Wrasslin’ Back in the Day: WWF @ MSG 6/21/1985

The Hulkster faces off with the Magnificent Muraco in a bloody steel cage battle for the WWF World title!

June 21st, 1985

Gorilla Monsoon and “Mean” Gene call the action.

“Leaping” Lanny Poffo vs. Terry Gibbs

WHY did Poffo have the puffy Jimmy Garvin hair? He needed to be an effeminate heel if he was going to rock the perm. This is Poffo’s MSG debut, fresh off a run in Memphis. The Macho Man is heading in as well.

They work a few spots early that allow Poffo show off his athleticism. An armbar by Poffo is applied very loose, and Gibbs just lays there, not even bothering to use his free arm to try and fight out. That sort of stuff takes me out of the moment. That’s partly due to the UFC exposing how joint manipulation works and some part that the older I get, the sillier this sport looks.

Gibbs slams Poffo on the floor and follows up the attack with a bear hug. Poffo rallies with several side kicks and finishes with a moonsault…or as Mean Gene calls it a “OOOHHHARGHHHH!” after 6:34.  Gibbs was fairly far away, and Poffo made an extra effort not to hurt him upon landing, making his finish look weaker than it should. This was inoffensive overall I suppose.

Tony Atlas vs. Matt Bourne 

Bourne has been a let down based on the WWF stuff I’ve seen for these reviews. When your pining for the gravy days of Big Josh, your in a bad spot. Gene garbles his words as he tries to put Bourne over as a second generation star. “He’s following in the father of his footsteps”.  Bourne does good heel schtick, flexing with his semi-pudgy body in order to raise Atlas’ ire. Atlas out powers him and sends Bourne into retreat.

Bourne tries an armbar, so Atlas just flexes a bicep. Bourne rightfully cheap shots him for this. They try and claim Atlas recently won the title of “junior Mr. Universe”, but a cursory search on Google doesn’t show such a claim to be true. Bourne whiffs on a punch, and covers it up by locking on a facelock. Mean Gene calls him out on it anyway. Atlas tosses Bourne around a bit and hits a splash for a relatively easy win at 7:02. This was by the numbers and watchable.

Jose Luis Rivera vs. The Missing Link

Link has a unique body, as he is roided up, but is also clearly an older man. Dewey Robertson was around 46 by this point. He retreats to the locker room before he can make it to the ring. Heenan yells at him to get in the ring. The graphics list Link’s hometown as “??????????????????”, which is a nice touch beyond “parts unknown”.

Link hits a series of headbutts, including an impressive flying headbutt to win this in short order at 1:42. The ancient ref who is in charge stops the count for whatever reason and Link has to make the pin twice. I rewound the finish, and couldn’t see any excuse for the ref’s blunder. This was fine for a squash. I enjoy seeing fresh faces.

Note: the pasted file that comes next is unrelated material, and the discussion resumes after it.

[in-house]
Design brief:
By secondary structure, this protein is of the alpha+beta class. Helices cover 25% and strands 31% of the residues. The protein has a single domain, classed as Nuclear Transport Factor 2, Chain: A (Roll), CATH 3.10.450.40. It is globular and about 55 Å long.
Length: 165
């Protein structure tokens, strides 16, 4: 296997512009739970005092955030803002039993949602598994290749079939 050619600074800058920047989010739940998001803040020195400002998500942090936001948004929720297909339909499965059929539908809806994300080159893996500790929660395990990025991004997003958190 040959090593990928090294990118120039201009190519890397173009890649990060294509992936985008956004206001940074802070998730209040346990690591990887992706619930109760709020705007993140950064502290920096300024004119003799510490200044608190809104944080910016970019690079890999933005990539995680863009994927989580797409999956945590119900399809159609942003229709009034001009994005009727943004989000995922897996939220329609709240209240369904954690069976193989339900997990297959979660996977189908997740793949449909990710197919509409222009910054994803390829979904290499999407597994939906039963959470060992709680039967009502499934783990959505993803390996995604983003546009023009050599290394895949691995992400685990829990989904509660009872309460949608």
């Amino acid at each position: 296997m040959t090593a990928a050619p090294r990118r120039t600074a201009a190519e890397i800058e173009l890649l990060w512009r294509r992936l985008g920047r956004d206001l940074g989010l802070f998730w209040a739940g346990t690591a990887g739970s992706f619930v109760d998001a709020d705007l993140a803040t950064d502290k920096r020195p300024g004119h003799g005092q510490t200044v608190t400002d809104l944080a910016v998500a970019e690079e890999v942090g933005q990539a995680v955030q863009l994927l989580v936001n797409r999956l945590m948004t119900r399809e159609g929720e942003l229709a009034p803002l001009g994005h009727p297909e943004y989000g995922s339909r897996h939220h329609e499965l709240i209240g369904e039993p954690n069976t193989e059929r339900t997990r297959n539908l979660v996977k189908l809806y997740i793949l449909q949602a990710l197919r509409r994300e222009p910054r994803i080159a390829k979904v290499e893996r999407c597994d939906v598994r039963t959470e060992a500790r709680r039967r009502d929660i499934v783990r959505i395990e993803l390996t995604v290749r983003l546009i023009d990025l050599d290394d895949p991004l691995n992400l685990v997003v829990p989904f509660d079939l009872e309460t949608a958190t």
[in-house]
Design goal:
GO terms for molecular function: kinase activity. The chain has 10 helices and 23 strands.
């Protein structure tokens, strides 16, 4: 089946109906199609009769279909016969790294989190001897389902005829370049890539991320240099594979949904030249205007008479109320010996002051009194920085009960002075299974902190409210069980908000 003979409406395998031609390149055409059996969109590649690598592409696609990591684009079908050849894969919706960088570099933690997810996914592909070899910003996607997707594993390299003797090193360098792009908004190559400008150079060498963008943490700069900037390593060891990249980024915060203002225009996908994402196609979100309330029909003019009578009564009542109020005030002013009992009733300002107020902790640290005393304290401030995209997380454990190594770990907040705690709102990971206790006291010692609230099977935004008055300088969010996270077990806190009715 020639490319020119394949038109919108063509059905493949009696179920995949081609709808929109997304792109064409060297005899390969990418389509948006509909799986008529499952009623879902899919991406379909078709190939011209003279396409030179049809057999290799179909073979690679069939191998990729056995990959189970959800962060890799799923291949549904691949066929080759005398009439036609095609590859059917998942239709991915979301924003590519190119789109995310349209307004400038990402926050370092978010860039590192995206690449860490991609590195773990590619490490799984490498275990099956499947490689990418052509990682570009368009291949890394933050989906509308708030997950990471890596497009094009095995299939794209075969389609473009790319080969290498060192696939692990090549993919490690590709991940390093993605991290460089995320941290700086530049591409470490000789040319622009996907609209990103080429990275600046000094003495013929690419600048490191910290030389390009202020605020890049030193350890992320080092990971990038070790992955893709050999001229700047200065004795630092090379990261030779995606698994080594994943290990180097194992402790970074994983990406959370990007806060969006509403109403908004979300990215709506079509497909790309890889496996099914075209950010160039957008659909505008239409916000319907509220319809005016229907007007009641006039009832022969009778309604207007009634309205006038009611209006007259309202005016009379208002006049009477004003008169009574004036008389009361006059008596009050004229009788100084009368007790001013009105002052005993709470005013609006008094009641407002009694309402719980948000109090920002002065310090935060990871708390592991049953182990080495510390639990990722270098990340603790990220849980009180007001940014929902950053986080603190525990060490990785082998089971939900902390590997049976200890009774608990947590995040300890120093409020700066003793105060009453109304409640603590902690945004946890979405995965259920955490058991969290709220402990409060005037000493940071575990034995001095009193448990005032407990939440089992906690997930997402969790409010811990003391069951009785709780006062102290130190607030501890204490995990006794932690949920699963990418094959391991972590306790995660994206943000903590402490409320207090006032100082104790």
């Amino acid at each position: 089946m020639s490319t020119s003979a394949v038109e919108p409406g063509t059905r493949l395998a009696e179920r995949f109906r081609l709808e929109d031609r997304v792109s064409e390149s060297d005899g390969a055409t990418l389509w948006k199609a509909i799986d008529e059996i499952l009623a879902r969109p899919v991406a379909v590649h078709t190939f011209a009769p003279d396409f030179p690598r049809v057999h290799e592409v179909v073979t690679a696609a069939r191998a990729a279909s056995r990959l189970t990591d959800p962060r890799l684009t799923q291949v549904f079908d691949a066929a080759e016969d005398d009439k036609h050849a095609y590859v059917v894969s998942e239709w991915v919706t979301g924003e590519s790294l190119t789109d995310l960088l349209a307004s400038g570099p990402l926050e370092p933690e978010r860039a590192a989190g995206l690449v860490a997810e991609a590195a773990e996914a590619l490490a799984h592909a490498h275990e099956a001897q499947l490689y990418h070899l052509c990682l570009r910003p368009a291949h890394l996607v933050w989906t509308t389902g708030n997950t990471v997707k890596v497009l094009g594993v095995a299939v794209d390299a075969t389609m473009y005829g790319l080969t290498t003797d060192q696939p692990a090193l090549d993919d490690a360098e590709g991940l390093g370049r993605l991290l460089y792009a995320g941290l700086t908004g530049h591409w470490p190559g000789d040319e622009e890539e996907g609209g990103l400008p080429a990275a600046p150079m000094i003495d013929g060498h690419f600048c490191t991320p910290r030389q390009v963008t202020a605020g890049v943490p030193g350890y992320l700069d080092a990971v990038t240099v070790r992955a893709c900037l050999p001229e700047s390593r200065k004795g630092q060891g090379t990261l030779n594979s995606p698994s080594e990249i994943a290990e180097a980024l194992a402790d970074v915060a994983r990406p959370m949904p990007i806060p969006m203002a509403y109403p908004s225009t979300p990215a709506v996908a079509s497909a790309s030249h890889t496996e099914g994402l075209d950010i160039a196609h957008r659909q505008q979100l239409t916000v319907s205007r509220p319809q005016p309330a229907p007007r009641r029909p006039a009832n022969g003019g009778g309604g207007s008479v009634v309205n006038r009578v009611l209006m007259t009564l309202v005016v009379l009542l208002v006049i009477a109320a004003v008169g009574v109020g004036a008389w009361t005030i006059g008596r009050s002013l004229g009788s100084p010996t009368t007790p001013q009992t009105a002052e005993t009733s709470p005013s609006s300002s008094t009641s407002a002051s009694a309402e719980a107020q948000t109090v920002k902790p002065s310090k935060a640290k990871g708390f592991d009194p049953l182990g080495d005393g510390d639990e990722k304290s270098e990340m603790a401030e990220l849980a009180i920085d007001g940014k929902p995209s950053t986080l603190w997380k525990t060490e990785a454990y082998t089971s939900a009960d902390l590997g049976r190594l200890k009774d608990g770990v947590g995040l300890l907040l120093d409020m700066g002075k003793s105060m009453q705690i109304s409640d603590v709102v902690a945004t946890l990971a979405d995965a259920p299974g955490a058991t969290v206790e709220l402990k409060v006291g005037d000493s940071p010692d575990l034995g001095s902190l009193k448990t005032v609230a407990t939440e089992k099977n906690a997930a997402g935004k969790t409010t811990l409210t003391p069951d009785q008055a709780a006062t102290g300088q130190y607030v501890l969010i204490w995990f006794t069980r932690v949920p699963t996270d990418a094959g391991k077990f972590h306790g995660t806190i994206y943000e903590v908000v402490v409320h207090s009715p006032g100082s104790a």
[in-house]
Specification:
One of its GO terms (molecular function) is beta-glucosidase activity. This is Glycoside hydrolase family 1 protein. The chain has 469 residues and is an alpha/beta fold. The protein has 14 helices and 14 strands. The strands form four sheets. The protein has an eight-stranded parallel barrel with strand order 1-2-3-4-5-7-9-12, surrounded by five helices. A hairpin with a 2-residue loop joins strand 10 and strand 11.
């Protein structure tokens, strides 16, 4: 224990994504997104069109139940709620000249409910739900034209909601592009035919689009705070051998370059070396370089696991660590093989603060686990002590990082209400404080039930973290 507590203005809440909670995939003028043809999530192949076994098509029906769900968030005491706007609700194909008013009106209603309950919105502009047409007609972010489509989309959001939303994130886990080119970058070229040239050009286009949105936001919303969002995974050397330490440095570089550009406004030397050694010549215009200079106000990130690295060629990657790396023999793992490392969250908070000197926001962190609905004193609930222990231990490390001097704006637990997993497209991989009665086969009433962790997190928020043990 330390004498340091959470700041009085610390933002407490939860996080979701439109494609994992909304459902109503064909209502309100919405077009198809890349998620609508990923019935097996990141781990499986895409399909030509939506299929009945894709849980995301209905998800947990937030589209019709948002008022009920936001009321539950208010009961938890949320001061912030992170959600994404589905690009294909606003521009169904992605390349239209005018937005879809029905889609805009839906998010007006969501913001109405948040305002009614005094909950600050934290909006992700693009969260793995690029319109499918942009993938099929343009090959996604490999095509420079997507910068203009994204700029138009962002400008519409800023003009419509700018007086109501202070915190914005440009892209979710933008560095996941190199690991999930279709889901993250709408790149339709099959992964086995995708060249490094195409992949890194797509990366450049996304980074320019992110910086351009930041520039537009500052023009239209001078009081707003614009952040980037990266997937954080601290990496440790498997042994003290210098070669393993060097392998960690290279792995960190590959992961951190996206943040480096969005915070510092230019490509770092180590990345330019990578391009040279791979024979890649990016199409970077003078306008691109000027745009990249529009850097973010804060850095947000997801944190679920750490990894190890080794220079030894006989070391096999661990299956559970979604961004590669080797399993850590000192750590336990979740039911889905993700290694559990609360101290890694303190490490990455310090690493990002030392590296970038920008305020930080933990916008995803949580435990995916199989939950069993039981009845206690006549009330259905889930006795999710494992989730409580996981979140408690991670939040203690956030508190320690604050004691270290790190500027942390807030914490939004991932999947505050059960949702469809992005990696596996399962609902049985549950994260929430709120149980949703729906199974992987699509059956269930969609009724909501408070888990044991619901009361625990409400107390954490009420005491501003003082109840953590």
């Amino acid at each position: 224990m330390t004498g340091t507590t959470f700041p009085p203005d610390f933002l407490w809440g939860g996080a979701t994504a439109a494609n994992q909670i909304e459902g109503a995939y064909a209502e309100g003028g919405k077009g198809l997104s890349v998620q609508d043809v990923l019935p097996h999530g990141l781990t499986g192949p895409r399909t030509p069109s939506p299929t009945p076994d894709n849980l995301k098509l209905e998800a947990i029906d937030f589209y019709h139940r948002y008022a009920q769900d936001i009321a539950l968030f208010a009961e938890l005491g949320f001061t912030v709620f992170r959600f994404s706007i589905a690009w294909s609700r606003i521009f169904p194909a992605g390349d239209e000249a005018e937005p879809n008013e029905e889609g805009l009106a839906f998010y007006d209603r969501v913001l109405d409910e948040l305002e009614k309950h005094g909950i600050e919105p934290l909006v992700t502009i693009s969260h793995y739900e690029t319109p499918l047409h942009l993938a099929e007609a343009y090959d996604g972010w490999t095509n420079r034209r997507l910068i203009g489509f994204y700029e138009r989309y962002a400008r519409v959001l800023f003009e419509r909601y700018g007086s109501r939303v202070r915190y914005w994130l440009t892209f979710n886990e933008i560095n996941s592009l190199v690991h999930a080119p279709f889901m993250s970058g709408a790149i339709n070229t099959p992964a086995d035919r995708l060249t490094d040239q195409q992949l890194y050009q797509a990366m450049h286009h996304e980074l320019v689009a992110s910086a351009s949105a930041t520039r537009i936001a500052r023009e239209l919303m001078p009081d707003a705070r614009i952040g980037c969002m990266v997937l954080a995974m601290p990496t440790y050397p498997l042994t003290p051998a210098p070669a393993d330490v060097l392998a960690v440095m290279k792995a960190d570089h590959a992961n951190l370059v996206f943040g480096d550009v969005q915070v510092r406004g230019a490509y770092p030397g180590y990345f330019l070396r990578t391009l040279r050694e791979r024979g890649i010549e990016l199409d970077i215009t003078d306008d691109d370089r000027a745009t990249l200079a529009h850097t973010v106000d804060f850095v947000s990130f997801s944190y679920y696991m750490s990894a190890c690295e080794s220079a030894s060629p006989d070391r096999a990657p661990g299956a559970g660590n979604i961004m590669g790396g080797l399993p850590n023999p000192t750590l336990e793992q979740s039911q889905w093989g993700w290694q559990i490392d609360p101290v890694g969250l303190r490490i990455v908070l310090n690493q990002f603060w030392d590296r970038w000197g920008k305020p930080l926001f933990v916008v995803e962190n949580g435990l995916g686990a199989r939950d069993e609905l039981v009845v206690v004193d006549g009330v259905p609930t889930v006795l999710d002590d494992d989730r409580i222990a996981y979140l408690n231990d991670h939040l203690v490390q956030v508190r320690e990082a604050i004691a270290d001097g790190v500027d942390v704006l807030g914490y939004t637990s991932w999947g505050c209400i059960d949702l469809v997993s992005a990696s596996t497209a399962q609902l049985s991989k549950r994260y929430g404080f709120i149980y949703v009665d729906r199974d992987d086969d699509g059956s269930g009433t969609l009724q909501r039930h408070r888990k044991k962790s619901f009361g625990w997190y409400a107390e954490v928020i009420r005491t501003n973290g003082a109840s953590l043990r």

“Jumping” Jim Brunzell vs. Moondog Spot

Brunzell could be in Minnesota headlining against Nick Bockwinkel and Larry Zbyszko, but now he finds himself wearing bee stripes and about to tangle with a fat jabroni. Que up AC/DC’s “Money Talks” here.

I want to see the ring rats that Spot snagged after a show. Mean Gene puts over Brunzell as being long overdue for getting a WWF spot. Gene of course interviewed Brunzell for years in the AWA, so they probably smoked boat loads of pot together. Monsoon puts him over as a youngster, then Gene jumps in and talks about how he’s a “14 year vet”, which kind of kills an illusion of youth. Brunzell works a number of head scissors and arm bars, eventually lulling the crowd into discontent as they want some action. Even Monsoon mentions how the men are still feeling one another out five minutes-plus into the match. The announcers ogle women to amuse themselves.

Spot begins to work on getting heat, perhaps in an attempt to win back the fans. He mauls Brunzell on the floor and drives him into the stairs. Brunzell attempts several comebacks, but Spot cuts him off time after time. Brunzell finally rallies with a few near falls off of an atomic drop and other such moves, but Spot stops him yet again. Brunzell finally hits his beautiful dropkick to end this at 12:22. Given the time they gave this bout, Spot was the wrong opponent since he was pretty much viewed as a prelim bum. If a higher level heel had the exact same match with Jumpin’ Jim, it would have played out much better. As it stood, it Brunzell’s debut ended up being more of a struggle than necessary.

Rick McGraw vs. “Macho Man” Randy Savage